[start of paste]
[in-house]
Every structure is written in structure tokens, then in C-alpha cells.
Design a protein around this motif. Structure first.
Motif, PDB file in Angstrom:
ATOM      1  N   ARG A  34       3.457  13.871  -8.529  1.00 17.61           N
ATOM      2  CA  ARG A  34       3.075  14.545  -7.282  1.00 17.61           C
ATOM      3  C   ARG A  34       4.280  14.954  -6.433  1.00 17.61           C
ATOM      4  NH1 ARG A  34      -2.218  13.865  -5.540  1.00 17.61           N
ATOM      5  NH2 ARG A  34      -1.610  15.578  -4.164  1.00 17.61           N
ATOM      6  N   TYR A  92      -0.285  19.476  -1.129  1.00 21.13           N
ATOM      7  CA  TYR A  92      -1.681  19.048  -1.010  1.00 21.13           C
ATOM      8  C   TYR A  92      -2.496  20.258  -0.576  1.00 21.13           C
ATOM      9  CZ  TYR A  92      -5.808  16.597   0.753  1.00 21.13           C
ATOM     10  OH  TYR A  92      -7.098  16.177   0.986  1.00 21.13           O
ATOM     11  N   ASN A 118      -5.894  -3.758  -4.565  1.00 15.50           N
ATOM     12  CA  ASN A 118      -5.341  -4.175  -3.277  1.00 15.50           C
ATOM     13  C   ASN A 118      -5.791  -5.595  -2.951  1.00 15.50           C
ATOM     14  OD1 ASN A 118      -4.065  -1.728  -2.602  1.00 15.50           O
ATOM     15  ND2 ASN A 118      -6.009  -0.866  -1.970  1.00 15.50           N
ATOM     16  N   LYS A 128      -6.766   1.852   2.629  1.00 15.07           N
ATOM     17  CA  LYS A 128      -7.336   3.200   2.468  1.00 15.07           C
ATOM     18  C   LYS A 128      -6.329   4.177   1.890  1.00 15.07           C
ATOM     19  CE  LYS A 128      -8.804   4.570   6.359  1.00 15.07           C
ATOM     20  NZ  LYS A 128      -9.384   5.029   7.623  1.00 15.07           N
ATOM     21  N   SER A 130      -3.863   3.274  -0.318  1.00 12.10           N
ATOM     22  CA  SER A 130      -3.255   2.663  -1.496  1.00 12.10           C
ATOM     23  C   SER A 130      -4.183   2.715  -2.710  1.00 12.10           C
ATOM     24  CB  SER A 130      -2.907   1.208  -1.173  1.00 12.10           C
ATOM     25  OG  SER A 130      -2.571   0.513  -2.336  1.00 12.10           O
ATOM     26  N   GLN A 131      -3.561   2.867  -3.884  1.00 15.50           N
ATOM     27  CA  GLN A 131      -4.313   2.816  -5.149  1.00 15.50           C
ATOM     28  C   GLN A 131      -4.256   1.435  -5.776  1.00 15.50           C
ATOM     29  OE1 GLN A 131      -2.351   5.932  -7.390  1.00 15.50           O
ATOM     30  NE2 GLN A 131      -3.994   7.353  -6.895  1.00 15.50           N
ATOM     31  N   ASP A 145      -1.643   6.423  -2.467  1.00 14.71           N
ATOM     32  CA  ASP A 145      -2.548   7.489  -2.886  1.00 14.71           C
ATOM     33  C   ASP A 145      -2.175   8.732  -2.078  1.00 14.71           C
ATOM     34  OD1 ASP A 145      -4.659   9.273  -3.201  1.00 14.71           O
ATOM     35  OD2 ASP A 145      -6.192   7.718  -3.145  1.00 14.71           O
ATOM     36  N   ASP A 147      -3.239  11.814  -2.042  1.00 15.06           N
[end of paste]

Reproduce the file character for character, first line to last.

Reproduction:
[in-house]
Every structure is written in structure tokens, then in C-alpha cells.
Design a protein around this motif. Structure first.
Motif, PDB file in Angstrom:
ATOM      1  N   ARG A  34       3.457  13.871  -8.529  1.00 17.61           N
ATOM      2  CA  ARG A  34       3.075  14.545  -7.282  1.00 17.61           C
ATOM      3  C   ARG A  34       4.280  14.954  -6.433  1.00 17.61           C
ATOM      4  NH1 ARG A  34      -2.218  13.865  -5.540  1.00 17.61           N
ATOM      5  NH2 ARG A  34      -1.610  15.578  -4.164  1.00 17.61           N
ATOM      6  N   TYR A  92      -0.285  19.476  -1.129  1.00 21.13           N
ATOM      7  CA  TYR A  92      -1.681  19.048  -1.010  1.00 21.13           C
ATOM      8  C   TYR A  92      -2.496  20.258  -0.576  1.00 21.13           C
ATOM      9  CZ  TYR A  92      -5.808  16.597   0.753  1.00 21.13           C
ATOM     10  OH  TYR A  92      -7.098  16.177   0.986  1.00 21.13           O
ATOM     11  N   ASN A 118      -5.894  -3.758  -4.565  1.00 15.50           N
ATOM     12  CA  ASN A 118      -5.341  -4.175  -3.277  1.00 15.50           C
ATOM     13  C   ASN A 118      -5.791  -5.595  -2.951  1.00 15.50           C
ATOM     14  OD1 ASN A 118      -4.065  -1.728  -2.602  1.00 15.50           O
ATOM     15  ND2 ASN A 118      -6.009  -0.866  -1.970  1.00 15.50           N
ATOM     16  N   LYS A 128      -6.766   1.852   2.629  1.00 15.07           N
ATOM     17  CA  LYS A 128      -7.336   3.200   2.468  1.00 15.07           C
ATOM     18  C   LYS A 128      -6.329   4.177   1.890  1.00 15.07           C
ATOM     19  CE  LYS A 128      -8.804   4.570   6.359  1.00 15.07           C
ATOM     20  NZ  LYS A 128      -9.384   5.029   7.623  1.00 15.07           N
ATOM     21  N   SER A 130      -3.863   3.274  -0.318  1.00 12.10           N
ATOM     22  CA  SER A 130      -3.255   2.663  -1.496  1.00 12.10           C
ATOM     23  C   SER A 130      -4.183   2.715  -2.710  1.00 12.10           C
ATOM     24  CB  SER A 130      -2.907   1.208  -1.173  1.00 12.10           C
ATOM     25  OG  SER A 130      -2.571   0.513  -2.336  1.00 12.10           O
ATOM     26  N   GLN A 131      -3.561   2.867  -3.884  1.00 15.50           N
ATOM     27  CA  GLN A 131      -4.313   2.816  -5.149  1.00 15.50           C
ATOM     28  C   GLN A 131      -4.256   1.435  -5.776  1.00 15.50           C
ATOM     29  OE1 GLN A 131      -2.351   5.932  -7.390  1.00 15.50           O
ATOM     30  NE2 GLN A 131      -3.994   7.353  -6.895  1.00 15.50           N
ATOM     31  N   ASP A 145      -1.643   6.423  -2.467  1.00 14.71           N
ATOM     32  CA  ASP A 145      -2.548   7.489  -2.886  1.00 14.71           C
ATOM     33  C   ASP A 145      -2.175   8.732  -2.078  1.00 14.71           C
ATOM     34  OD1 ASP A 145      -4.659   9.273  -3.201  1.00 14.71           O
ATOM     35  OD2 ASP A 145      -6.192   7.718  -3.145  1.00 14.71           O
ATOM     36  N   ASP A 147      -3.239  11.814  -2.042  1.00 15.06           N